Today started off a bit slow. We began by choosing our lumber. We had the option between walnut and cherry so I chose a nice piece of cherry since it seems like I always work in walnut. Next, we traced the template for the back legs onto one half of our stock and rough cut and jointed an edge to create the plane for the back leg to side rail joint. We got to use the 16” Powermatic jointer after some adjustment to get the in-feed and out-feed table parallel. This was a bit dis...
This week I’m on vacation and taking a chair making class at the Appalachian Center for Craft which is a satellite campus of Tennessee Tech University where I got my undergraduate degree in engineering and am currently working on a masters of engineering. Every summer, the craft center offers several, week long workshops in all of their offered mediums. So this year I decided to commit to attending a class and not letting life get in the way. The class is based on a modern dining ch...
After a busy weekend at Frank Klausz’s class, I headed out to Woodcraft yesterday for a day long workshop with David Ellsworth. Very cool. David is an excellent teacher. Knowlegeable (duh!), and very laid back. There were 10 in the class (I think). After doing a demo of making a natural edge bowl, we jumped in and started turning whatever it was that we wanted to work on. Some did natural edge bowls, some cut edge, and some hollow forms. I stuck to cut edge bowl – wound up ...
Yesterday was a good day, by almost any woodworking standard. Regrettably I didn’t touch wood to a tool. So how can it be a good day? I got to spend it with David Marks of WoodWorks Fame. He taught a class at my local WoodCraft and my wife was kind enough to give me the day to go. This was my second class with David; I took one about a year ago on Double-Bevel Marquetry (keep meaning to get a scroll saw, but something bigger and more powerful always seems to get in the way). The class ...
It looks like we’ll be running down to SoCal at the end of February to visit family & clients. We’ll take advantage of the opportunity to hit the Gamble House Joinery Tour, hit Disneyland while the kids are at school, and most importantly: Darrell Peart’s Greene & Greene Details I class at the William Ng School of Woodworking! I noticed that Marc Spagnoula (Woodwhisperer) is teaching classes there (i.e. Hall Brothers Frame, etc.). I’m really jazzed because...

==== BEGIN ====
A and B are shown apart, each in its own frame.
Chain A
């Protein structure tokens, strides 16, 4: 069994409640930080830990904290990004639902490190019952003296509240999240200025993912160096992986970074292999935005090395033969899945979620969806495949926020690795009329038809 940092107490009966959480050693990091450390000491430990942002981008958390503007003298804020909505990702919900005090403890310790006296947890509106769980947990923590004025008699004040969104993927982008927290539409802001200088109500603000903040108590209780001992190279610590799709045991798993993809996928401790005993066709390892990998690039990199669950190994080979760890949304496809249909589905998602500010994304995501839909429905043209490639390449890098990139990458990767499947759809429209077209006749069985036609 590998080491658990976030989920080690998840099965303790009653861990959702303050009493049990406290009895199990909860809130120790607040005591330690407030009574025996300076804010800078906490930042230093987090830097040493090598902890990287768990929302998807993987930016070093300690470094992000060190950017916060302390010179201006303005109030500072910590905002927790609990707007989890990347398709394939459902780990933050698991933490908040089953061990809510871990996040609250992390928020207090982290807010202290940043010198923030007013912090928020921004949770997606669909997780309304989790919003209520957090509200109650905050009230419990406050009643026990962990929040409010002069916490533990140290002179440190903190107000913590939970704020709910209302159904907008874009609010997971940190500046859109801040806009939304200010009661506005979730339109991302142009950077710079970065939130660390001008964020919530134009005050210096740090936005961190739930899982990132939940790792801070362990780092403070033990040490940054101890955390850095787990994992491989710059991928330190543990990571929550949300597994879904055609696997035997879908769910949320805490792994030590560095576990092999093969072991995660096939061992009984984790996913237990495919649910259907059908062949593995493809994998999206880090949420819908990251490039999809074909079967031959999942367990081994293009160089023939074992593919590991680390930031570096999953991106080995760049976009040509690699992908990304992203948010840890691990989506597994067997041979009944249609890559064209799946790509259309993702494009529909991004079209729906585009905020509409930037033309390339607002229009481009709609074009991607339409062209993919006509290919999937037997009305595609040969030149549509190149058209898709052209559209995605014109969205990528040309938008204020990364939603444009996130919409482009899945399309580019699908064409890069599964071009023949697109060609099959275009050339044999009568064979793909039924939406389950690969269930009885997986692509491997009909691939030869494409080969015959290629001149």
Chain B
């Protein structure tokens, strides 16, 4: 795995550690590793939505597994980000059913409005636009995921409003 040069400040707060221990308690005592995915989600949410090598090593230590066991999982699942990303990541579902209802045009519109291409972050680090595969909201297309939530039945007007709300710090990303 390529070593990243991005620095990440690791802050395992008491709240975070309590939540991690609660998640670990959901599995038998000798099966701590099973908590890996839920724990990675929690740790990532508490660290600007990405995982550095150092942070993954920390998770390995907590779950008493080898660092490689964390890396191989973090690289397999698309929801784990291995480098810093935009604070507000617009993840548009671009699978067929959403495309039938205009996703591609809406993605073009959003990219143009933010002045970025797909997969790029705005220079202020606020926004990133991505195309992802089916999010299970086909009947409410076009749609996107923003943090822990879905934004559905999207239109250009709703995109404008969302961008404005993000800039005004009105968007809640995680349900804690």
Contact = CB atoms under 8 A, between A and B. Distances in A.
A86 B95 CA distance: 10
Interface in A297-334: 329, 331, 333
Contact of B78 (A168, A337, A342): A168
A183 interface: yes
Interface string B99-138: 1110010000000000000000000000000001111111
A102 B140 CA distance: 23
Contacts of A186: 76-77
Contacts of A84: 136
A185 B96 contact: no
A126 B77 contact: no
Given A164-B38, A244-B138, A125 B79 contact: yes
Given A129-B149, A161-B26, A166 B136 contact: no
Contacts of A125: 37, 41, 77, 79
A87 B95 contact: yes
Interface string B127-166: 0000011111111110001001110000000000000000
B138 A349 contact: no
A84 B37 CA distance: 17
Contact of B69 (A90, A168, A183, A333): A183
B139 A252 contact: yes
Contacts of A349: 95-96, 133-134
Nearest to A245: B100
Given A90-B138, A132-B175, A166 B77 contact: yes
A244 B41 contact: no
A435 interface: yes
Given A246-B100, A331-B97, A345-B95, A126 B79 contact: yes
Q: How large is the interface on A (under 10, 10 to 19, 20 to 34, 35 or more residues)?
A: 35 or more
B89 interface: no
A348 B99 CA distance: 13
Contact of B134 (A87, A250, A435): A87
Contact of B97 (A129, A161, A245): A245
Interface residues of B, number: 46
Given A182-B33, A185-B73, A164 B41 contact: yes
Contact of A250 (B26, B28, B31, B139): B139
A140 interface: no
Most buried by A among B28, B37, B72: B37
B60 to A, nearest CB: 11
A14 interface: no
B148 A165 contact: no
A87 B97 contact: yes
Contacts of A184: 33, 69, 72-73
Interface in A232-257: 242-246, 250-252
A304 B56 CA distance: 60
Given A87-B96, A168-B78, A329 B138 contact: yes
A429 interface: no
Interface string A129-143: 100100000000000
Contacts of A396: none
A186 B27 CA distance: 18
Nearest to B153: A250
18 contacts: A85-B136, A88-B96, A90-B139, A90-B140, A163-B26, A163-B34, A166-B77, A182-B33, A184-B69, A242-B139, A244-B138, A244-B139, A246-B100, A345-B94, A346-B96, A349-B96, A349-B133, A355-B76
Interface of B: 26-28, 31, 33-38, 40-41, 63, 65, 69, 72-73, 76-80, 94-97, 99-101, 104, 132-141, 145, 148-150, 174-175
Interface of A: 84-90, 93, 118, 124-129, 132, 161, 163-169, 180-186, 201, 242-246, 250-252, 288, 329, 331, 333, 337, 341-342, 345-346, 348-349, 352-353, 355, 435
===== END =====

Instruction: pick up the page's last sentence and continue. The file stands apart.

Falling BehindThe class is about halfway through with an agenda of the following:Sharpen four chiselsSharpen a card scraperTune and Sharpen a Smooth PlaneTune and Sharpen a block planeS4S boards with hand toolsCut DovetailsMake dovetailed box with mortise and tenon handle. So far we have finished our chisels and card scraper and worked a bit with the chisels. Our instructor has given demos on how to tune a plane as well. Sharpening A Card ScraperFor the last two weeks Kristin and I have...
I’m a little late at posting this blog. On Feb 7, 2009 the Mason Dixon Woodworking club had a Hand Cut Dovetail Class. It was given for no charge and we had a great full class. We had Al Hendershot. DustyAl Our instructor was Ed Nock We had Jack Dalton Sorry no face pictures, he’s wanted in many locations. LOL. Jack is talking to Ed in two pictures above. My son Dave And signing the number 1 on his first dovetail. Now let me tell you.He cut his first one with ...
As mentioned in the previous entry, at the suggestion of my instructor, I modified the design such that the whole top would be a torsion grid. This approach did present its own problem though. Since the design called for the ‘leg’ to act as a massive tenon seated in the underside of the top, I would need a lot of bulk around the leg. I considered laminating solid wood pieces to build it up. I decided against that; I can’t recall why. Instead, I opted to take what I call t...
The next week of class was consumed by each student presenting and speaking to their design what their main tenets would be for the project. Part of the previous week’s assignment had been to pick your tenet or tenets and be prepared to stick with them. My main tenet was to see the design through and devise a way to pull off the cantilever. I knew it was going to be tough just by all the drawing work I had put into SketchUp. Seriously, there are only 6 90-deg corners (aside from all the...
As I mentioned in the last entry, I found a project that jumped off the page and gave me the inspiration I needed to start the design for my project. I picked up the book Tradition in Contemporary Furniture and started thumbing through the pages… Here is a shot of the cover for anyone interested. This is the work that gave my creative juices a jump-start:Copyright 2001 by The Furniture Society. Artist: Gord Peteran, Toronto, Ontario, 1999. Photo by Elaine Brodie. It reminded me...
- My Journey As A Scroll Saw Pattern Designer - 1548 parts
- Extremely Average - 324 parts
- Workshop Development - 107 parts
- Just for Fun... - 95 parts
- A journey into the workshop. - 89 parts
- Daily Update - 87 parts
- "Hobbit Holes in MyWorld" --by RusticWoodArt - 77 parts
- As The Lathe Turns - 76 parts
- WoodWriting Haiku Thursday's --by RusticWoodArt - 74 parts
- ScrollSaw Information and Resources - 68 parts
- Sheila Landry (scrollgirl) - 1573 entries
- frank - 417 entries
- degoose - 394 entries
- dbhost - 390 entries
- Ecocandle - 325 entries
- MsDebbieP - 314 entries
- Karson - 305 entries
- Martin Sojka - 296 entries
- mafe - 271 entries
- William - 258 entries
- Betsy - 221 entries
- Stevinmarin - 212 entries
- shipwright - 212 entries
- Gary Fixler - 204 entries
- Todd A. Clippinger - 199 entries
- stefang - 188 entries
- Rustic - 186 entries
- Chris Davis - 183 entries
- BritBoxmaker - 181 entries
- Smitty_Cabinetshop - 174 entries